Rationalists' Frequently Asked Questions

Look here first for questions about being rational in general, or the Society of Reason in particular.

Critical thinking is carefully considered and informed judgement about what to believe or what to do in response to observations, experience, or arguments. Critical thought must be honest about potential flaws in the assumptions and information upon which it is based, and recognize that if new data or better supported assumptions come to light, all positions taken must be reconsidered, taking the new information into account.

While in common usage skepticism usually denotes a questioning attitude toward some claim or generally accepted fact, in a philosophical sense, skepticism is a mind-set that questions all assumptions before accepting them or their implications. A skeptic takes nothing for granted, and requires all claims to be well supported by evidence.

Worldview (1)

A worldview is the set of assumptions a person applies to his or her interactions with and understanding of the rest of the universe. A theist believes in the existence of a divine creator that takes part in the daily lives of its creations, and sees the world filtered by that worldview. A naturalist sees the universe as a big machine that goes its way with no supernatural intervention, and sees the world filtered through that worldview.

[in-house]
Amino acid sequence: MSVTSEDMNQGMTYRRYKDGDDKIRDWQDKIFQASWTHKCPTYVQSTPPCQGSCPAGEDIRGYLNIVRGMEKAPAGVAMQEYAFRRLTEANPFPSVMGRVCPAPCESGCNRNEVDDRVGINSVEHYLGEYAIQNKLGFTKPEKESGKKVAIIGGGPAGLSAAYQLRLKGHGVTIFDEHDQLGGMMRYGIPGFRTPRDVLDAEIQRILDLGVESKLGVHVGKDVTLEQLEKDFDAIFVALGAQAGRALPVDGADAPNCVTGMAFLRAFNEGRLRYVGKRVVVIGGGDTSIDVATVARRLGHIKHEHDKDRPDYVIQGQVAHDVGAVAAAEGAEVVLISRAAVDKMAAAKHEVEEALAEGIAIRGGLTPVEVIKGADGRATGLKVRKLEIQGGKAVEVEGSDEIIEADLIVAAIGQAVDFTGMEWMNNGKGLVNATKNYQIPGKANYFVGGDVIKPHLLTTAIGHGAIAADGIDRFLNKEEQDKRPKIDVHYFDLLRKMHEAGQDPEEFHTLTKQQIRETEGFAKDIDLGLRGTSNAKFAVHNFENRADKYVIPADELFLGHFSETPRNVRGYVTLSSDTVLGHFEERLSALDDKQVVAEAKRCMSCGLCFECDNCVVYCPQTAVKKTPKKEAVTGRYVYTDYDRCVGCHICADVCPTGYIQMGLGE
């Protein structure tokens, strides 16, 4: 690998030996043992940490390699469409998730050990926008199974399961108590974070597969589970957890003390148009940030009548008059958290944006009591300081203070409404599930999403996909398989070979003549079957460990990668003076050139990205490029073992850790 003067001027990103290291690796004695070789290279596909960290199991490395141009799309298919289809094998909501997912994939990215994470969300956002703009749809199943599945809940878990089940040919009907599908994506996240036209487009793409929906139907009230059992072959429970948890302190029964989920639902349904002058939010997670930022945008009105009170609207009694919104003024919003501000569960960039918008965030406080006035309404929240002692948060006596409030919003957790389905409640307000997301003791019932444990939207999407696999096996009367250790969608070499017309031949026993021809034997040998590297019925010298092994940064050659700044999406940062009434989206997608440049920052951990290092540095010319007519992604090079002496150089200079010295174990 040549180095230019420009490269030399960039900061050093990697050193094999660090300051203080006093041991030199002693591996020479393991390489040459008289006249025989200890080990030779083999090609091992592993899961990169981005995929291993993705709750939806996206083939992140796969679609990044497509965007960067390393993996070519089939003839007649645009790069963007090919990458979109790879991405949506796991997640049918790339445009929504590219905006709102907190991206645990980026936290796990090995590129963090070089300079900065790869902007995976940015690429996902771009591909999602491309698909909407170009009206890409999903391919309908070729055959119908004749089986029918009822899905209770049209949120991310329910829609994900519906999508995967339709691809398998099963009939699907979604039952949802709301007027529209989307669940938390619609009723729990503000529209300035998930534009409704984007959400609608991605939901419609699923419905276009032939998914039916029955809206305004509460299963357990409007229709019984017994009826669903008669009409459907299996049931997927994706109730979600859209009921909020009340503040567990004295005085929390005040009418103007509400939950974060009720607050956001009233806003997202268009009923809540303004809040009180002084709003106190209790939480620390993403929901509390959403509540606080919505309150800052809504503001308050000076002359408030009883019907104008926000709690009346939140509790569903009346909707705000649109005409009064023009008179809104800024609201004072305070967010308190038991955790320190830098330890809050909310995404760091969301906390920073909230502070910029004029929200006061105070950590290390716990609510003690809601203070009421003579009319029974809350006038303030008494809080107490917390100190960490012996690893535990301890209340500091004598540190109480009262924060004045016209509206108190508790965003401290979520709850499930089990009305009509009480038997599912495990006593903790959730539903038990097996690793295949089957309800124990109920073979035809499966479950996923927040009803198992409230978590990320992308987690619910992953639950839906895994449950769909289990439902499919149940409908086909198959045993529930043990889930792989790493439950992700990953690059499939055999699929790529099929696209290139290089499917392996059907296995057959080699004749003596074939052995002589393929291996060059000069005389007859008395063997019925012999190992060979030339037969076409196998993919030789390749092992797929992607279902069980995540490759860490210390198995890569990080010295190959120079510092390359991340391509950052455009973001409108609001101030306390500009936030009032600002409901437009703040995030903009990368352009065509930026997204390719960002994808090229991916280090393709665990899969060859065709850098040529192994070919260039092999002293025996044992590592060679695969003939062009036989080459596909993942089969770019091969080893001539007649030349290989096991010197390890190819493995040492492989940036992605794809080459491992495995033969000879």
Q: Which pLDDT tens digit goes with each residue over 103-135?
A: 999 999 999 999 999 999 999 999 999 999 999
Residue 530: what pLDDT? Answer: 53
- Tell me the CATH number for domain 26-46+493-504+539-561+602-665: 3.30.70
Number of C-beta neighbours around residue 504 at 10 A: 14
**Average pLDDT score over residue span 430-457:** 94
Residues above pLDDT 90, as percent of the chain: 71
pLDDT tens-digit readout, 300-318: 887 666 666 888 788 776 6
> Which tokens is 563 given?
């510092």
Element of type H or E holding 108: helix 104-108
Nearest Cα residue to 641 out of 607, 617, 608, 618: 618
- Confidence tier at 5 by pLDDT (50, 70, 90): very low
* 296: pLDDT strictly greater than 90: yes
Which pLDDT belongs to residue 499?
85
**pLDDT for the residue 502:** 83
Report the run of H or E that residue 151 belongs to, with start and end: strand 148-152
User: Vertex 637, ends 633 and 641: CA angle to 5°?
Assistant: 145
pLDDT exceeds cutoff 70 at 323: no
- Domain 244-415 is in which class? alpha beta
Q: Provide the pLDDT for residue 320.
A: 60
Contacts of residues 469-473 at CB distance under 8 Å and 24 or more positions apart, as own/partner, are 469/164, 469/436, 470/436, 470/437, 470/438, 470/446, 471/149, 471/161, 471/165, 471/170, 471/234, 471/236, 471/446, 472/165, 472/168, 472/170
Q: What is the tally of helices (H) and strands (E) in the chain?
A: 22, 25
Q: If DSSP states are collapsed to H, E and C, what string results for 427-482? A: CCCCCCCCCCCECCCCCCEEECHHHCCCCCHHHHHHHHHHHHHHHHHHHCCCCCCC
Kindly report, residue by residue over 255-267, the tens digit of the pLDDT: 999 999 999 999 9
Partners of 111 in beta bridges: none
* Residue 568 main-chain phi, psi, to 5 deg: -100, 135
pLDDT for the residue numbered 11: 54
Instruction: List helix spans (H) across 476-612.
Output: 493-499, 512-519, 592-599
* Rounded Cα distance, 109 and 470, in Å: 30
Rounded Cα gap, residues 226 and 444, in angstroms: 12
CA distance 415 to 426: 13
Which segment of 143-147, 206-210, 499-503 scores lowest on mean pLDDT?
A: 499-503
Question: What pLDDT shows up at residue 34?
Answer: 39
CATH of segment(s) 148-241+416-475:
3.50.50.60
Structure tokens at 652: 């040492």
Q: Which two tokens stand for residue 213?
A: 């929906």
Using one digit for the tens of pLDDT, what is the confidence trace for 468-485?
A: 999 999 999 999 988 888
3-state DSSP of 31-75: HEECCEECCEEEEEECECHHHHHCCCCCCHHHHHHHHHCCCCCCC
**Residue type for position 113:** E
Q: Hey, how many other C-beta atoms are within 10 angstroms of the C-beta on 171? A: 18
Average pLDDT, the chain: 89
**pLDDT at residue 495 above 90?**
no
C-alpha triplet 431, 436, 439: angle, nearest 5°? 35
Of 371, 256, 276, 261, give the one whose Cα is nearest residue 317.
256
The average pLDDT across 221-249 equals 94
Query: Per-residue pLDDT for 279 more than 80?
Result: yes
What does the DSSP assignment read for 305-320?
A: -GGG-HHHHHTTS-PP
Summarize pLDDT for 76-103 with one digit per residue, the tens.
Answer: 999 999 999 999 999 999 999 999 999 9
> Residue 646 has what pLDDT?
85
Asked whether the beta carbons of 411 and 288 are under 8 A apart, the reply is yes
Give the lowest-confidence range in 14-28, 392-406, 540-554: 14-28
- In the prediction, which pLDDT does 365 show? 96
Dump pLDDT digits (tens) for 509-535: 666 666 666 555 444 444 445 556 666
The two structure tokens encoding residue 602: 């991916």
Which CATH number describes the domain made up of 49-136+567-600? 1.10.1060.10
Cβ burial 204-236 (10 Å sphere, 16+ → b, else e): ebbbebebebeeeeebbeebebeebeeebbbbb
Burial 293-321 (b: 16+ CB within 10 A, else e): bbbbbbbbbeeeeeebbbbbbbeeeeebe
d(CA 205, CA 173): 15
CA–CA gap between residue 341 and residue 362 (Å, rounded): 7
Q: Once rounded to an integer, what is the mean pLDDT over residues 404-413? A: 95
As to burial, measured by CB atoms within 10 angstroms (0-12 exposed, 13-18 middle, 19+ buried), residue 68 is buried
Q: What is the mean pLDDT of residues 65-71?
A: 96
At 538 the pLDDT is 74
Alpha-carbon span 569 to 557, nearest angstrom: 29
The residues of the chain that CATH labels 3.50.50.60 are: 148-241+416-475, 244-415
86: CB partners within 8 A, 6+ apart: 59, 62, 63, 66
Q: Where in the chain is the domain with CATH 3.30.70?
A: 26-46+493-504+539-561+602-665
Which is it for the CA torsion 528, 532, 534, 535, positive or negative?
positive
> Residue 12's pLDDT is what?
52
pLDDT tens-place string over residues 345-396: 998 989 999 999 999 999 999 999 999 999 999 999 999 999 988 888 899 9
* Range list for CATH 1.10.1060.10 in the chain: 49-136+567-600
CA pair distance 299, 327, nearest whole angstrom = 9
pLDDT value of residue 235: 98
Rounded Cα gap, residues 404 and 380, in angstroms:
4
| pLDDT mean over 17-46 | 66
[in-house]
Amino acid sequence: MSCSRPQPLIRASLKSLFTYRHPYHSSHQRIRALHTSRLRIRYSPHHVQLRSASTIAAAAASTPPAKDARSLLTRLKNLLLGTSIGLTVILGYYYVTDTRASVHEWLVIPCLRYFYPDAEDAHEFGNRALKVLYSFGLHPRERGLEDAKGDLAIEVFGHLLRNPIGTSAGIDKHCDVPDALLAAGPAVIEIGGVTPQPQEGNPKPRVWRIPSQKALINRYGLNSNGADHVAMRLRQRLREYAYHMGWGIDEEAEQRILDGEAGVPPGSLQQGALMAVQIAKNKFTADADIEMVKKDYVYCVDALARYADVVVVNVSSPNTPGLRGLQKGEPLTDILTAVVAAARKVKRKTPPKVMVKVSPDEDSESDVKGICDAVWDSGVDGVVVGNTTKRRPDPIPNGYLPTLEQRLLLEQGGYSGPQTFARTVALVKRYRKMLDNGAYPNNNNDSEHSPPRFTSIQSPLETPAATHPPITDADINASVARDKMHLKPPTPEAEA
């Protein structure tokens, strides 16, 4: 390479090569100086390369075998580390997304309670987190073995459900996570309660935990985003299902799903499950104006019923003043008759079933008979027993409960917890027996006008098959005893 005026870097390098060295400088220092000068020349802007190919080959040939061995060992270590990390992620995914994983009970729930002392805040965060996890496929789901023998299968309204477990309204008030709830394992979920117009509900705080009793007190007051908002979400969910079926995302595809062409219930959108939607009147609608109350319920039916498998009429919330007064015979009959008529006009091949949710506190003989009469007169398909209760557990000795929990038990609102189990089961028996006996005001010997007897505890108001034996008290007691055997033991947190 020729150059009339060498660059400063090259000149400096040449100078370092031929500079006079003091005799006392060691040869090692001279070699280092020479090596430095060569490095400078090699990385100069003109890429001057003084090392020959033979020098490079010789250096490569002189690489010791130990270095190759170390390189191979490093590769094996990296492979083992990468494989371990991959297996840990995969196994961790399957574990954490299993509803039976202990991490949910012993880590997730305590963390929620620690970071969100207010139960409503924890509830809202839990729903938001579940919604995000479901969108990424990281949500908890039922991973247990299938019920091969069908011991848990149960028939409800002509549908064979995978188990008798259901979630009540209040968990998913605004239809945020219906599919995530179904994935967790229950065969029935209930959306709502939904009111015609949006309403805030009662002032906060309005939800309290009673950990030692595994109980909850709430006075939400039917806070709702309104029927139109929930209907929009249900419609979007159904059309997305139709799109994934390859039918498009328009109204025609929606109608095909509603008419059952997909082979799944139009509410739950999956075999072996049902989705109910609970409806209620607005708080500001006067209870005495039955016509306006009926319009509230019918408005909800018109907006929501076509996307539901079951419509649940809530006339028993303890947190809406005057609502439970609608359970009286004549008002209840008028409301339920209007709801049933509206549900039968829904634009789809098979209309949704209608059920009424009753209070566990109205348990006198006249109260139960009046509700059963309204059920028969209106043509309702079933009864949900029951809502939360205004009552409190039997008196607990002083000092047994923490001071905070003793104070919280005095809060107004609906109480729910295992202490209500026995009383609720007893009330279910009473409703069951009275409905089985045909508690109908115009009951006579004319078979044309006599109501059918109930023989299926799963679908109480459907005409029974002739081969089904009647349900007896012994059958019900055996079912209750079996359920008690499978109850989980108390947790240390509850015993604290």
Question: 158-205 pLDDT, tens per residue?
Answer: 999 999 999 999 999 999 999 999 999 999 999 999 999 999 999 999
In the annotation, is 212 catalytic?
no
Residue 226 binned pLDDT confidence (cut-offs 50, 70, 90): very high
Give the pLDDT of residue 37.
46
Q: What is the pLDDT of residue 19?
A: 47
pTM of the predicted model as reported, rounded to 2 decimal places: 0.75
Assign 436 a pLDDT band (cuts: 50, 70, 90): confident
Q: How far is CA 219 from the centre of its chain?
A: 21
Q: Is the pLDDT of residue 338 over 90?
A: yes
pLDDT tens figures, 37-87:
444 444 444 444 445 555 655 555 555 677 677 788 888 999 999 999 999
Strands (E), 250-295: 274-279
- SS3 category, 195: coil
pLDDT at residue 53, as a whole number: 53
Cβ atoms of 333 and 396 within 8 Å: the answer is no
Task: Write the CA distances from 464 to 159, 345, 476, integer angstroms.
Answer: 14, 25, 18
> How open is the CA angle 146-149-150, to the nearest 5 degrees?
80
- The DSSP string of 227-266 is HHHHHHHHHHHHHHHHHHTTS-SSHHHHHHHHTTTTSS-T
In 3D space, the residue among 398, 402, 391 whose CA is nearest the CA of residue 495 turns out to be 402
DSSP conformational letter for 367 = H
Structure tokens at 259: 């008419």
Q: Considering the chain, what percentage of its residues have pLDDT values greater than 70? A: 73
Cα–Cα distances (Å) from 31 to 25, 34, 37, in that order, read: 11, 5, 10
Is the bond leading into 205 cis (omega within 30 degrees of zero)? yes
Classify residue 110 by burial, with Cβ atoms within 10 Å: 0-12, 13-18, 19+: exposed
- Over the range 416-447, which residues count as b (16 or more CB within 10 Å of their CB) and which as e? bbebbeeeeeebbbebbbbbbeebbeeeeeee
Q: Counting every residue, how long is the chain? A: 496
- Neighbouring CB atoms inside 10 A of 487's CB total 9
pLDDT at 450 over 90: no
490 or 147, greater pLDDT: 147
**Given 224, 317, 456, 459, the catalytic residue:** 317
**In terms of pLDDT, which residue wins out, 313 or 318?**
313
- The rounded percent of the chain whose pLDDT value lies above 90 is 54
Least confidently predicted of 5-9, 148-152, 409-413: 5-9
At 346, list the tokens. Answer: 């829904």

Atheism (2)

Agnosticism is the belief that is is impossible to prove or disprove the existence of non-material beings by material means. Agnosticism does not imply a position on the existence of gods or other supernatural beings, only that it is impossible to produce proof one way or the other.

Bright (1)

"Bright" is a term invented to serve as a new, collective reference to people who reject superstition of all kinds, not just religion. A public action group called The Brights has been founded by the creators of the term. The Brights define bright as:

* A bright is a person who has a naturalistic worldview
* A bright's worldview is free of supernatural and mystical elements
* The ethics and actions of a bright are based on a naturalistic worldview

Deism (1)

Deism is the belief that a supernatural entity created the universe, but does not interfere in its operation or development. The Deist god is like a watchmaker, who designed and started the machinery that is the universe, as opposed to a theist god or gods, who not only created the universe, but also intervenes in the universe's operation and/or communicates with its occupants.

Freethought is a philosophical worldview which requires that the formation of opinions be based upon observable evidence, reason, and logic. A freethinker rejects authority and dogma as sources for opinion.

Naturalism is a worldview that denies the existence of any supernatural elements or phenomena in the universe. It proceeds from the idea that is a thing exists, it is by definition not supernatural, and lends itself to rational inquiry. It encompasses many other worldviews, such as Deism and Atheism.

Theism (1)

Theism is the belief in at least one god. Most definitions of theism include the assumption that a god or gods created the universe, and that they intervene in the functioning of the universe, and potentially communicate with its occupants.